Philippine migration has both its positive and negative aspects. A balance of the benefits and costs of migration remains a challenge for Filipino migrants, their families, the government, the church and other stakeholders.
PUBLISHED ONMay 2019
Filipinos have been going overseas to seek better employment opportunities since the 1970s, when the Marcos government deliberately sought to export labor to ease unemployment in the country and gain from remittances sent back by the Overseas Contract Workers (OCWs).
The term OCWs has since been changed to Overseas Filipino Workers (OFWs), who as of December 2013 numbered some 4.2 million. (Philippine Overseas Employment Agency). If the number of undocumented migrant Filipinos is added, there would be another 1.2 million OFWs, constituting half of all Overseas Filipinos (OFs), with the remaining 50% being permanent residents or citizens of other countries.
In 2015, the key OFW destination region was the Middle East (64%) with Saudi Arabia, UAE, Qatar, Kuwait, Oman and Bahrain as the major countries. Asia followed next with 28% of OFWs, with the highest numbers in Singapore, Hong Kong, Taiwan, and Malaysia. Since the mid-90s, more women than men have been going abroad because of the available jobs. Labor migrants also tend to come not from the lowest income strata but from lower-middle and middle-income families.
Positive and Negative Aspects
Philippine migration has both its positive and negative aspects. It has already been mentioned that remittances sent back to the country strongly contribute to the economy as well as help ease unemployment and underemployment. However, there are also the social costs of migration both for the migrants and the families they leave behind.
Among these is the breakdown of relationships between spouses, as with parents and their children. Most migrants and their families back in the Philippines lament the loneliness, anxieties and emotional aches and longings from long-term separation, their inability to be present in the day-to-day lives of their spouses and children and to physically share moments of joy, grief, disappointments and excitement.
Studies have shown the negative effects of long-term separation of parents on the children left behind. Migrant children, with OFW mothers, tend to experience more issues and problems with coping in school and may lack supervision and guidance, resulting in serious behavioral consequences such as substance use and early sexual relations.
While innovations in technology such as smartphones and social media applications like Facebook have led to cheaper and more efficient ways to communicate with loved ones, the challenge to ensure quality communication among family members in order to maintain positive and resilient relationships still remains.
Another major social cost is the family members’ dependency on their OFWs relatives not only for their needs but also for their many wants. Many OFWs hold the wrong view that they best help their families by giving in to their various demands to assuage their guilt from being distant from the family. Even grown-up children continue to rely on OFWs parents for their financial needs. Migrants work extra or double time to earn extra incomes or fall into debt just to meet family wants.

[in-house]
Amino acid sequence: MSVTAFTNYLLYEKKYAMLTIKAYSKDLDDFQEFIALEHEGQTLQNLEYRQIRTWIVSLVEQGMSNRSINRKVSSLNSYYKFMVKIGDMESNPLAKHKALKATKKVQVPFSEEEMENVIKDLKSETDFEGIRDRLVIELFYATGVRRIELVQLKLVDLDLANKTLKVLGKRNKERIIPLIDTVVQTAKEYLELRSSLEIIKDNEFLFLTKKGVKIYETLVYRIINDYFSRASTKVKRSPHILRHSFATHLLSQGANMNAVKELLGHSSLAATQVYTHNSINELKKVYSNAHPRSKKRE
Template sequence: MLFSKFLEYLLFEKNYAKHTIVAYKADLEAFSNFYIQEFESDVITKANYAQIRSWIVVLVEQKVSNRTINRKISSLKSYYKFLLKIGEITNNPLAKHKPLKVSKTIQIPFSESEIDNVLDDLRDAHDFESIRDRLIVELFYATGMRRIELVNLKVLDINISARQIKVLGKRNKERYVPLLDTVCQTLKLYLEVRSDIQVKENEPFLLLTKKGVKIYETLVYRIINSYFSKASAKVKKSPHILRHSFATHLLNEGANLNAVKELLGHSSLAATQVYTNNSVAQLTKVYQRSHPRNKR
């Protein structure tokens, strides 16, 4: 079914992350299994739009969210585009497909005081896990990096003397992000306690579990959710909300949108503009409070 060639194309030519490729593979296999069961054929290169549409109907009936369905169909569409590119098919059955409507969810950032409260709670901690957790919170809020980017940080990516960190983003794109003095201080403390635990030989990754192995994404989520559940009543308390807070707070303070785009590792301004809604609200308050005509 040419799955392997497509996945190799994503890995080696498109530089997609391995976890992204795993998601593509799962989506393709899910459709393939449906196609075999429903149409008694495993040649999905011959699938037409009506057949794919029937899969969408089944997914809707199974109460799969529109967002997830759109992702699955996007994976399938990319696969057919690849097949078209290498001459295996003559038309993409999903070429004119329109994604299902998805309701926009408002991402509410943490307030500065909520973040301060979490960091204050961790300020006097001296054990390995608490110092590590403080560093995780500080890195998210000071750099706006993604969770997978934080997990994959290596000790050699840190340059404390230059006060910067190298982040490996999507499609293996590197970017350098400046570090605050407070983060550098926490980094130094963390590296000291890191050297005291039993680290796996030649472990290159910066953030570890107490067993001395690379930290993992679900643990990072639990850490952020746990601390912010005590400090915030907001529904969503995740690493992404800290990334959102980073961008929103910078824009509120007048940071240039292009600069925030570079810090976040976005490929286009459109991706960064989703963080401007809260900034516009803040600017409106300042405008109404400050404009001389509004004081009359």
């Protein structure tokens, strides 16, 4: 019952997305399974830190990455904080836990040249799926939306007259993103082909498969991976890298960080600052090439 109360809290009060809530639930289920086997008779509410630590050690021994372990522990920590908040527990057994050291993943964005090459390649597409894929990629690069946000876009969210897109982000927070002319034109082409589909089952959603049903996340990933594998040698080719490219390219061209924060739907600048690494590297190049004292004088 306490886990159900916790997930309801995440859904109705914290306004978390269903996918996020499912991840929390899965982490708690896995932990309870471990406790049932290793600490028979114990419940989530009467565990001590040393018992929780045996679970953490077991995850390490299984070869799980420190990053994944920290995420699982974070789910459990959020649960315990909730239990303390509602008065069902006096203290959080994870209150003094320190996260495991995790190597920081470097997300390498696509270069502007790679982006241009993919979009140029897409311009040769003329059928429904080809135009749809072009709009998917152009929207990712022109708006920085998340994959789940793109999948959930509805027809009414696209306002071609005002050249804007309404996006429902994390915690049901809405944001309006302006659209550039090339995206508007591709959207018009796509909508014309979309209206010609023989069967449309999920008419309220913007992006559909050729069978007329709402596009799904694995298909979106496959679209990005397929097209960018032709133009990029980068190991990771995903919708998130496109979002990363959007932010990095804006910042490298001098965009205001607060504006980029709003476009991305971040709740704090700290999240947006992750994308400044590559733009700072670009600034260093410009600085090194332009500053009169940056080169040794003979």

The cycle of economic dependence continues until the migrants can no longer work and must confront the reality of their own survival and quality of life upon retirement. Often, it can be too late to ensure that their financial conditions can suffice for their retirement.
Furthermore, the challenge of becoming financially independent arises from the consumerist lifestyles of OFWs with higher incomes to buy things that they could not afford while earning in the Philippines.
Estimates show that 70 percent of OFs have been unable to save enough to reach their financial goals to allow for their return and reintegration despite decades of overseas employment. In 2007, Central Bank of the Philippines data indicate only seven percent of OFWs families had savings in banks and only 2.3 percent had investments, although recent positive trends in both increased savings and investments are promising. Hopefully, with more financial education, this can significantly improve.
The absence or lack of concrete financial goals and financial planning to reach those goals are major constraints to financial independence. If OFWs can overcome their financial challenges, they are in a much better position to help family members, even contribute more significantly to their communities and to the country through savings and investments back in the Philippines.
Enhance the Positve
For balance, it is important that the negative aspects of migration be mitigated and prevented where possible to enhance its positive aspects beyond the economic benefits. Migrants can contribute not only to their families’ well-being but also to their communities, their host societies and the Philippines.
Among these contributions would be the social, cultural and other non-financial forms of remittances that can be brought back to the Philippines based on the knowledge and skills they have gained from working abroad. These added knowledge and skills can go a long way in helping not just the migrants but also their families and communities.
It is therefore in ensuring a balance of the positive and negative aspects of migration that remains a challenge for the OFWs themselves, their families, the local and national government, the church and other stakeholders. With so many stakeholders coming together on the migration issue, the migration experience and results could be optimized for all actors, especially for the migrants and their families.